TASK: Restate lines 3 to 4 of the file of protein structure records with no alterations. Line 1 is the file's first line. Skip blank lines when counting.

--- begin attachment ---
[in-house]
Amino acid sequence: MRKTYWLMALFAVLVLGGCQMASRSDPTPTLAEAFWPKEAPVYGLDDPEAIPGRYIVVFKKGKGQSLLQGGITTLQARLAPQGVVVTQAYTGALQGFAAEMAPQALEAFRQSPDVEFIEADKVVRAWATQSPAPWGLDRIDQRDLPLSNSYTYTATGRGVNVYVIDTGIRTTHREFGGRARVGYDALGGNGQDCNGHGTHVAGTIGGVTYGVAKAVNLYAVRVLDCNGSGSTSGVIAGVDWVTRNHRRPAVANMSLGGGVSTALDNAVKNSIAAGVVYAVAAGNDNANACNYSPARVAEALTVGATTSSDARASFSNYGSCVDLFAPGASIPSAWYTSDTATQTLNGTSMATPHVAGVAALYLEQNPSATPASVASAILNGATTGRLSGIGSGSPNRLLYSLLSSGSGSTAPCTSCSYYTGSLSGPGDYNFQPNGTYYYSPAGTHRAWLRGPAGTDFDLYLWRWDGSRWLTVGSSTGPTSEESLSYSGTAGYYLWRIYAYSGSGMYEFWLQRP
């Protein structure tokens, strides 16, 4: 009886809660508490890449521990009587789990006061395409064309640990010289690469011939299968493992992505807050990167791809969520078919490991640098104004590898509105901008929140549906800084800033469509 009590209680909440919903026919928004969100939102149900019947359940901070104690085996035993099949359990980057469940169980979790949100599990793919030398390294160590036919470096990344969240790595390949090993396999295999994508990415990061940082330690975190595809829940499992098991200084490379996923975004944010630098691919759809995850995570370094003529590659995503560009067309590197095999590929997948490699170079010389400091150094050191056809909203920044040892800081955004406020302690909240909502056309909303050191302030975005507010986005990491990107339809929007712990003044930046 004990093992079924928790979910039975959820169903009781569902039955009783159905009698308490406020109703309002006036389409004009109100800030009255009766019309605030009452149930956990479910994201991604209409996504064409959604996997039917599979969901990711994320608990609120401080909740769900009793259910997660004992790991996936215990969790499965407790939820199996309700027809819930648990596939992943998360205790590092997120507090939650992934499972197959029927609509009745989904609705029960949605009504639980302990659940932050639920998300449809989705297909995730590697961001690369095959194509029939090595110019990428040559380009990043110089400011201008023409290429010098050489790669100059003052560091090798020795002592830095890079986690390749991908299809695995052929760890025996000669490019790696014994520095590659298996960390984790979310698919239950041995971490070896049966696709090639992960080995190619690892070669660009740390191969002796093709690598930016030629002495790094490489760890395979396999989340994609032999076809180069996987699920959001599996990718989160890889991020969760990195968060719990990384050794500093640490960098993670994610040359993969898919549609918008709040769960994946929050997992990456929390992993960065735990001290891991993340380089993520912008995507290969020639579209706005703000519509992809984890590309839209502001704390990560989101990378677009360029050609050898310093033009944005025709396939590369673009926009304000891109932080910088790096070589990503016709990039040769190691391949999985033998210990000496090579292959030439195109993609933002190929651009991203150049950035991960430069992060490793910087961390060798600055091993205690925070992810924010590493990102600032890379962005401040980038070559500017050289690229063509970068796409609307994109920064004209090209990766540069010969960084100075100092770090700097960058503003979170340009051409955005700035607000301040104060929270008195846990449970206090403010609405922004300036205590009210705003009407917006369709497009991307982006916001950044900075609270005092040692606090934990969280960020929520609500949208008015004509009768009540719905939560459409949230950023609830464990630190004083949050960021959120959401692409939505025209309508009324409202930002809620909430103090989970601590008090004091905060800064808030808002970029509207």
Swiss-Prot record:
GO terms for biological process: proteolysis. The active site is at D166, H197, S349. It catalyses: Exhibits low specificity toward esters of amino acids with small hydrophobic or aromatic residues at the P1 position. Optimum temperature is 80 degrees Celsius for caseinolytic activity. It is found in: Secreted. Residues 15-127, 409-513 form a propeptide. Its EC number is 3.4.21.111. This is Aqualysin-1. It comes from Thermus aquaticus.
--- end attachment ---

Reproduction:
């Protein structure tokens, strides 16, 4: 009886809660508490890449521990009587789990006061395409064309640990010289690469011939299968493992992505807050990167791809969520078919490991640098104004590898509105901008929140549906800084800033469509 009590209680909440919903026919928004969100939102149900019947359940901070104690085996035993099949359990980057469940169980979790949100599990793919030398390294160590036919470096990344969240790595390949090993396999295999994508990415990061940082330690975190595809829940499992098991200084490379996923975004944010630098691919759809995850995570370094003529590659995503560009067309590197095999590929997948490699170079010389400091150094050191056809909203920044040892800081955004406020302690909240909502056309909303050191302030975005507010986005990491990107339809929007712990003044930046 004990093992079924928790979910039975959820169903009781569902039955009783159905009698308490406020109703309002006036389409004009109100800030009255009766019309605030009452149930956990479910994201991604209409996504064409959604996997039917599979969901990711994320608990609120401080909740769900009793259910997660004992790991996936215990969790499965407790939820199996309700027809819930648990596939992943998360205790590092997120507090939650992934499972197959029927609509009745989904609705029960949605009504639980302990659940932050639920998300449809989705297909995730590697961001690369095959194509029939090595110019990428040559380009990043110089400011201008023409290429010098050489790669100059003052560091090798020795002592830095890079986690390749991908299809695995052929760890025996000669490019790696014994520095590659298996960390984790979310698919239950041995971490070896049966696709090639992960080995190619690892070669660009740390191969002796093709690598930016030629002495790094490489760890395979396999989340994609032999076809180069996987699920959001599996990718989160890889991020969760990195968060719990990384050794500093640490960098993670994610040359993969898919549609918008709040769960994946929050997992990456929390992993960065735990001290891991993340380089993520912008995507290969020639579209706005703000519509992809984890590309839209502001704390990560989101990378677009360029050609050898310093033009944005025709396939590369673009926009304000891109932080910088790096070589990503016709990039040769190691391949999985033998210990000496090579292959030439195109993609933002190929651009991203150049950035991960430069992060490793910087961390060798600055091993205690925070992810924010590493990102600032890379962005401040980038070559500017050289690229063509970068796409609307994109920064004209090209990766540069010969960084100075100092770090700097960058503003979170340009051409955005700035607000301040104060929270008195846990449970206090403010609405922004300036205590009210705003009407917006369709497009991307982006916001950044900075609270005092040692606090934990969280960020929520609500949208008015004509009768009540719905939560459409949230950023609830464990630190004083949050960021959120959401692409939505025209309508009324409202930002809620909430103090989970601590008090004091905060800064808030808002970029509207």
Swiss-Prot record: